The Mystery of the Greeks

The Mystery of the Greeks

We read in our history books that the ancient Greeks were largely the foundation of our civilization. Athens and Jerusalem were the twin fountainheads of how we think to this day. Athens provided the science and Jerusalem provided the ethics. As historian of the Greek world Sean Gabb puts it:

The first lecture in the course makes a case for the Greeks as the exceptional people of the Ancient World. They were not saints: they were at least as willing as anyone else to engage in aggressive wars, enslavement, and sometimes human sacrifice. At the same time, working without any strong outside inspiration, they provided at least the foundations for the science, mathematics, philosophy, art and secular literature of later peoples

So there is a mystery there. If the Greeks of today are exceptional for anything it is indolence. Where did their ancestors get their novel ideas from?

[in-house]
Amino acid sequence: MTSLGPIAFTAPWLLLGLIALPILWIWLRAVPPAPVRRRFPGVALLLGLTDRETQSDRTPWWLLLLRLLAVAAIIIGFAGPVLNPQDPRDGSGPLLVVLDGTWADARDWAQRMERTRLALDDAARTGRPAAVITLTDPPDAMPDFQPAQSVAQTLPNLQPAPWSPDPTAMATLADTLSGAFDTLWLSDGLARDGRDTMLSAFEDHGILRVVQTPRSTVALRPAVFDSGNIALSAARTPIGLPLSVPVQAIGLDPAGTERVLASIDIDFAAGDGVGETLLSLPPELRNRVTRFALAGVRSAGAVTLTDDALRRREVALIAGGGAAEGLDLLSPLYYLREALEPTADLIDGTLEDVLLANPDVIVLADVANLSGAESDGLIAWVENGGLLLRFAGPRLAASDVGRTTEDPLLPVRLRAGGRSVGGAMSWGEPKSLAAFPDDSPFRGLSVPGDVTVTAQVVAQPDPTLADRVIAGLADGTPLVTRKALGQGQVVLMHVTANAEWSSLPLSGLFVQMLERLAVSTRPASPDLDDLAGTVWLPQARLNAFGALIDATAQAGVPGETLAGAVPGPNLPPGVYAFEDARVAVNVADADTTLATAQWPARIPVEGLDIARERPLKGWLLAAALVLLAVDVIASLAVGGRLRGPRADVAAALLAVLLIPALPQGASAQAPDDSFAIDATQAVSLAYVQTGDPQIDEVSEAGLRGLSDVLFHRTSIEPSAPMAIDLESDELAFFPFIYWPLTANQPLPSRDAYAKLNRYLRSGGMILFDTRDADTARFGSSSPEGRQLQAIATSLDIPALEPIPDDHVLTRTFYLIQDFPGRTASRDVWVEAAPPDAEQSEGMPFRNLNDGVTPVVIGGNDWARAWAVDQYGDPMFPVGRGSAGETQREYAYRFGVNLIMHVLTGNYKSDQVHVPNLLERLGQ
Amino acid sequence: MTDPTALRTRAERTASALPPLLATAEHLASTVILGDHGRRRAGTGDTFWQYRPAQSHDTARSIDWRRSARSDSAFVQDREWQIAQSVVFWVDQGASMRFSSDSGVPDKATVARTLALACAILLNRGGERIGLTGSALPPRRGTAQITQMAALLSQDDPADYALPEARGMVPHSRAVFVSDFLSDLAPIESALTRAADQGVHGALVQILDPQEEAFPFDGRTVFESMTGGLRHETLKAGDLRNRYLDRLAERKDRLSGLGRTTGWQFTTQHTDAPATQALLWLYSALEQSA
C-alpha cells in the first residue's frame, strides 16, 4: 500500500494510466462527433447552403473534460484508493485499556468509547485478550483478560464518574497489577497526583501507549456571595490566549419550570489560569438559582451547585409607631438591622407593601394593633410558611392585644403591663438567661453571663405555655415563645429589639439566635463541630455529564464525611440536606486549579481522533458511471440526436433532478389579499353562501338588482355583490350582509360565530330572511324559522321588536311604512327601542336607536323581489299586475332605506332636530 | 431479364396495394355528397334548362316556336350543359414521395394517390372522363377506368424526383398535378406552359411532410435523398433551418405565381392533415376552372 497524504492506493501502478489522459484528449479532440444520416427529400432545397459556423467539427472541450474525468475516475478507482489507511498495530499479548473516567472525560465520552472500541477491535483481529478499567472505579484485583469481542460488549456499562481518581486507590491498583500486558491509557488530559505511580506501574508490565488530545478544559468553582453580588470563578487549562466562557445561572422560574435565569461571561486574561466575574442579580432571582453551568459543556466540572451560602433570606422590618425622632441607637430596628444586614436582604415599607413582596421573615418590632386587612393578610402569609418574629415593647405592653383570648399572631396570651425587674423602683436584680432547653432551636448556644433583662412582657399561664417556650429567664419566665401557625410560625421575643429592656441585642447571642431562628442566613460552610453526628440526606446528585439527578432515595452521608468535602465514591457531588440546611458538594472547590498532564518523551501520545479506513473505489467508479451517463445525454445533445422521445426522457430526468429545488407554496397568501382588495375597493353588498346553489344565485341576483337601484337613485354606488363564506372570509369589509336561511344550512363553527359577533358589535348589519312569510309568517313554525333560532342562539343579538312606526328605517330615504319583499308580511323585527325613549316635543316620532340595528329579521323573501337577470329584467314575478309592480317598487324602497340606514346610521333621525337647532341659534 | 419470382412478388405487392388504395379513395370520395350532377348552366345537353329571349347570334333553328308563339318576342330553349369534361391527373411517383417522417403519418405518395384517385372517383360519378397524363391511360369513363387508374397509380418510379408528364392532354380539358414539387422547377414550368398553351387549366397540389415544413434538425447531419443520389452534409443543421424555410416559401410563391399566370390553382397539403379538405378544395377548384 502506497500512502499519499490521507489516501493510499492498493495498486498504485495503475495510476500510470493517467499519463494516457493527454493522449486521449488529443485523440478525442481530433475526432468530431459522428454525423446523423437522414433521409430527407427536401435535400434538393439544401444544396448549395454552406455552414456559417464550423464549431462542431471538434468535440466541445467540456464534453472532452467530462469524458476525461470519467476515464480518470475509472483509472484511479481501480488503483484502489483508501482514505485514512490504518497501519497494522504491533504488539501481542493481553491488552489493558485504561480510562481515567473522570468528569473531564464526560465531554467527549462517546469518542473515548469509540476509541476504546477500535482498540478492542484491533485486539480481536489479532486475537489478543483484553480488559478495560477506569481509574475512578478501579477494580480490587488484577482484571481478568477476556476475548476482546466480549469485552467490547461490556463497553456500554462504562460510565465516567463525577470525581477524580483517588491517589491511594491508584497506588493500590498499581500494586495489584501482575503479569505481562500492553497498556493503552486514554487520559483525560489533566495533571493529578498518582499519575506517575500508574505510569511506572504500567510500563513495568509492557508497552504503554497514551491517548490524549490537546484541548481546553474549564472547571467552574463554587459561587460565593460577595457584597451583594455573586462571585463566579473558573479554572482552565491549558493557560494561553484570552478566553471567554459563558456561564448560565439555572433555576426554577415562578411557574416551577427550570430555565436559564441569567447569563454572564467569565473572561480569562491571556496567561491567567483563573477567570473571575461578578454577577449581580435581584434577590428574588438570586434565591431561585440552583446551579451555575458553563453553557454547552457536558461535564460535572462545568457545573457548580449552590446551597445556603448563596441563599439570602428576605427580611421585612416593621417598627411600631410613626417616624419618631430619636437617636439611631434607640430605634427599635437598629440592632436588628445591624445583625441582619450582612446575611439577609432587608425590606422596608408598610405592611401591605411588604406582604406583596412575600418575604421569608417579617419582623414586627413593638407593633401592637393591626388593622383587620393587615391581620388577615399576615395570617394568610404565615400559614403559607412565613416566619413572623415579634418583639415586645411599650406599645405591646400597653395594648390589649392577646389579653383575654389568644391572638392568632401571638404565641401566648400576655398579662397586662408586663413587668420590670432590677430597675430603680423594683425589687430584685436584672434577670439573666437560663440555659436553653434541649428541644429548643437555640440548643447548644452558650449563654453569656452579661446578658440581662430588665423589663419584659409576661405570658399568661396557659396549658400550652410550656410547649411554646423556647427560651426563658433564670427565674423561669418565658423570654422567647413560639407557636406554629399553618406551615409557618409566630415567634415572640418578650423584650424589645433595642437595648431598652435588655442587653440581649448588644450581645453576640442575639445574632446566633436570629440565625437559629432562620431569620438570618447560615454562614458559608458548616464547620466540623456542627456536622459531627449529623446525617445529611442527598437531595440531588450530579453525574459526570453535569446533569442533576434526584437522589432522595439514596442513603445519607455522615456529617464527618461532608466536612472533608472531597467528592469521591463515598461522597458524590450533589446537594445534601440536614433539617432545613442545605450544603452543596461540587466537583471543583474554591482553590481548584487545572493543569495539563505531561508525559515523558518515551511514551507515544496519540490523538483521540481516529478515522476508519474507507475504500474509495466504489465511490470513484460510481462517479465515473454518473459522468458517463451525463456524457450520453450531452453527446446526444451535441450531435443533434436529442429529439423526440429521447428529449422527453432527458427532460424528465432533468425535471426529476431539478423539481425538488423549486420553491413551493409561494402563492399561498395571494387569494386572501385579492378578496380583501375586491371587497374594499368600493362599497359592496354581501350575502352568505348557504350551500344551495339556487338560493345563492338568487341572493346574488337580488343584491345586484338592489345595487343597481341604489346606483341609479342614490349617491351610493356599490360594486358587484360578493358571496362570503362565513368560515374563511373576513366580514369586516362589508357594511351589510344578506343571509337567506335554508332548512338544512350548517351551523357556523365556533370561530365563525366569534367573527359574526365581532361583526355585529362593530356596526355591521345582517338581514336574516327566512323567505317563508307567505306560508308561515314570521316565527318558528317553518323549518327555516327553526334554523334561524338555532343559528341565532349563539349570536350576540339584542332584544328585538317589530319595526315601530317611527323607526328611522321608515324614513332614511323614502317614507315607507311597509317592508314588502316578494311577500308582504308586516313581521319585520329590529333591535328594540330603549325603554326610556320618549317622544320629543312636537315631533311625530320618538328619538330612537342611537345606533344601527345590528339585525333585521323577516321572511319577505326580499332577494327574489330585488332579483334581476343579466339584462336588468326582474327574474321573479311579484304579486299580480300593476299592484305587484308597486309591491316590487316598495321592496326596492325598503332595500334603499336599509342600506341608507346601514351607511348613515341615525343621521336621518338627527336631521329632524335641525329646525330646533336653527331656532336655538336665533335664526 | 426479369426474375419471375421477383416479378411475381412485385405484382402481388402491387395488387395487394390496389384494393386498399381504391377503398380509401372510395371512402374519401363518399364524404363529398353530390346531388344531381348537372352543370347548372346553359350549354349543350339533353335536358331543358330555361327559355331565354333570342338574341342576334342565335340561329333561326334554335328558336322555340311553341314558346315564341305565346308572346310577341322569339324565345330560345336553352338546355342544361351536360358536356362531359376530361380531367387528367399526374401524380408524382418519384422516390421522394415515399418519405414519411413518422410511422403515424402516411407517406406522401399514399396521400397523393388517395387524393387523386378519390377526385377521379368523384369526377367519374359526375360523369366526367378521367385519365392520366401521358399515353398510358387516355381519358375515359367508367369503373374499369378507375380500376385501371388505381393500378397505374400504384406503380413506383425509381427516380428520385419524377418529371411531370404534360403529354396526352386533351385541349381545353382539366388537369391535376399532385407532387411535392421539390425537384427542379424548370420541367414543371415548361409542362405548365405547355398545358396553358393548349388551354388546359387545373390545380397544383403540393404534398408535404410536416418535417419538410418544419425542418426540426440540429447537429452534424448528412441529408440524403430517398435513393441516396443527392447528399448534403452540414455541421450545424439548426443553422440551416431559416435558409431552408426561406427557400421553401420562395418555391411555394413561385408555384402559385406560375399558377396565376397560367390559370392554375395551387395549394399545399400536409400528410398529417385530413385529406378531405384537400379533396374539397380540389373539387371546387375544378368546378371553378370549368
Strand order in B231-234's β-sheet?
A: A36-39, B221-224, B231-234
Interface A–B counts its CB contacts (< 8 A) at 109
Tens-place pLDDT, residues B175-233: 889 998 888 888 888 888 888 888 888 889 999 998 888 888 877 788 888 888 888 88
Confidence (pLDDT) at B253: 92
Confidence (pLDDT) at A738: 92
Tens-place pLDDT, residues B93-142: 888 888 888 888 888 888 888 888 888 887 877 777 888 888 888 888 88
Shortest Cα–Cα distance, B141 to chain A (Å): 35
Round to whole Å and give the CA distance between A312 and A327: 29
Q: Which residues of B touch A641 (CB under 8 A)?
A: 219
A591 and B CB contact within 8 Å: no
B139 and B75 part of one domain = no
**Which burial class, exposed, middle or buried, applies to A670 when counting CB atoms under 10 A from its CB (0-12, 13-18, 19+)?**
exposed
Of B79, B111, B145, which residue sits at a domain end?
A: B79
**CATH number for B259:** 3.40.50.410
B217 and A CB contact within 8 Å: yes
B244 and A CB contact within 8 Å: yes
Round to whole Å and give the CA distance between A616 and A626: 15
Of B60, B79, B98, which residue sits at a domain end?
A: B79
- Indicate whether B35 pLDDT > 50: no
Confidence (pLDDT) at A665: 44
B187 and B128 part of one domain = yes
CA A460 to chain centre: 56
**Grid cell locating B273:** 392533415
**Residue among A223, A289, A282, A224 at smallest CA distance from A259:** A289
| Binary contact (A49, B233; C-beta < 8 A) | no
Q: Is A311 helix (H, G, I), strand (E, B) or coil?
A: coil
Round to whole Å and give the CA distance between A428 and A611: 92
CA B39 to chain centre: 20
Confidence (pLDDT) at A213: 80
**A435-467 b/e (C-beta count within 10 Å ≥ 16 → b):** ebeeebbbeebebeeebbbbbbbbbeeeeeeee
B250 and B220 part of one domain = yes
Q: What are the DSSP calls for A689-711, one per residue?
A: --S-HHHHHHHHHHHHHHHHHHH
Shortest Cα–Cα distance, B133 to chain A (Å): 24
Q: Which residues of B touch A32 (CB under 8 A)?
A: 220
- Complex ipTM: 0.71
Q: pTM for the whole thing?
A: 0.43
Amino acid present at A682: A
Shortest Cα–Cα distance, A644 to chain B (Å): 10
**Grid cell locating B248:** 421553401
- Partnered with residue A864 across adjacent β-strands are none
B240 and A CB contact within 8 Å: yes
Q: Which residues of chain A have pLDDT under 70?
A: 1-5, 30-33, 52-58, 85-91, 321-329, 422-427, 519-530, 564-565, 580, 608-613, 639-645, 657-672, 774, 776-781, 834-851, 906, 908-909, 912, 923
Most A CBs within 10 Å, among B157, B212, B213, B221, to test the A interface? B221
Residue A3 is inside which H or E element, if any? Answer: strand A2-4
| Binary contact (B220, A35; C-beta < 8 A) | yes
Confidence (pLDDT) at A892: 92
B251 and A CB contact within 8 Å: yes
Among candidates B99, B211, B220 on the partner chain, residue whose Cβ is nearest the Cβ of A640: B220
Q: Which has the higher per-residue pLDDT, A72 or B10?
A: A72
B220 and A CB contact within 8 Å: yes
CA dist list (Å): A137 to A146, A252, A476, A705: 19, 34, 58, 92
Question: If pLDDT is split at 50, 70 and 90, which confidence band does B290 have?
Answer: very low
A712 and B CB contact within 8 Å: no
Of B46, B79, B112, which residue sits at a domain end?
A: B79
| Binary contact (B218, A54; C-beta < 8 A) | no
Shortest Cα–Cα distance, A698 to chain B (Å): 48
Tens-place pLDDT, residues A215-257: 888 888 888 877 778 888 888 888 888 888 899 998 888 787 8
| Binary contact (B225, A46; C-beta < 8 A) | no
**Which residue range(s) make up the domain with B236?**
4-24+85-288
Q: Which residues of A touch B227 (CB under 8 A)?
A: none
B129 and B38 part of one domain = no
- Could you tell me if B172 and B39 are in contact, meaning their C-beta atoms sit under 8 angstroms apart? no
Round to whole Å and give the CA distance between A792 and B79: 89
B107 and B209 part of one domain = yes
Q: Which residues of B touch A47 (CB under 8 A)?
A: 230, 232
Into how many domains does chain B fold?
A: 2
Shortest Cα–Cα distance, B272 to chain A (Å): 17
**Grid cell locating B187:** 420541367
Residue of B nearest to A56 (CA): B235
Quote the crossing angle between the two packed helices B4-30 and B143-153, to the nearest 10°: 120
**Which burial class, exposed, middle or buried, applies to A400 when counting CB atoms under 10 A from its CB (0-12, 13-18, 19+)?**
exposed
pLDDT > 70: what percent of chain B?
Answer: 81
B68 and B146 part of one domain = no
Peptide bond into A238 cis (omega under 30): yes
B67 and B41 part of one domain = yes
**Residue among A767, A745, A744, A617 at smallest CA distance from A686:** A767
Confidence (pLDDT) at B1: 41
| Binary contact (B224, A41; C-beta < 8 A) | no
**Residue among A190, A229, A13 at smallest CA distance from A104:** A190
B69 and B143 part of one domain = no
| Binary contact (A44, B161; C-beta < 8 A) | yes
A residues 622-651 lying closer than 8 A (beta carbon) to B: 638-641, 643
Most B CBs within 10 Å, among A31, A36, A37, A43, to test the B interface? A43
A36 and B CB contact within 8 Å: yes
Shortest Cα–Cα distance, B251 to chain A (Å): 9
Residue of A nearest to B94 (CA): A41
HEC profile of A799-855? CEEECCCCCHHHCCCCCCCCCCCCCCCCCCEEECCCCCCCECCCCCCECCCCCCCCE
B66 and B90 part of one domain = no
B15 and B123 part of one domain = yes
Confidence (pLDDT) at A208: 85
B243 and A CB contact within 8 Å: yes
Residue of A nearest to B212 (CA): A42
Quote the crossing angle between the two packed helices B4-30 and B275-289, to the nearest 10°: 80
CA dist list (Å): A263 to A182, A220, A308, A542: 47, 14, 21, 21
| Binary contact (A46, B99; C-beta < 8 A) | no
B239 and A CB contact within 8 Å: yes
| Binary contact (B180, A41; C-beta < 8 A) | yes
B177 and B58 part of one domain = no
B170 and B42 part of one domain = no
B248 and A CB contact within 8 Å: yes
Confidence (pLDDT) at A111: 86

People so far have mainly been content to see ancient Greek genius as a sort of bolt from the blue. The ancient Greeks were amazingly modern and very inspiring and that is just the way it is. There is very little enquiry about how the ancient Greeks got to be that way. It seems unlikely that some sort of genetic accident produced the ancient Greeks so so there is no obvious line of enquiry into what produced them.

But I think at least a skeleton of an explanation for their emergence has opened up. And I think the key lies in what archaeologists call the Vinca culture. I think the Greeks did have precursors in wisdom and that the precursors were nearby in Europe, in what is now often called “old Europe”.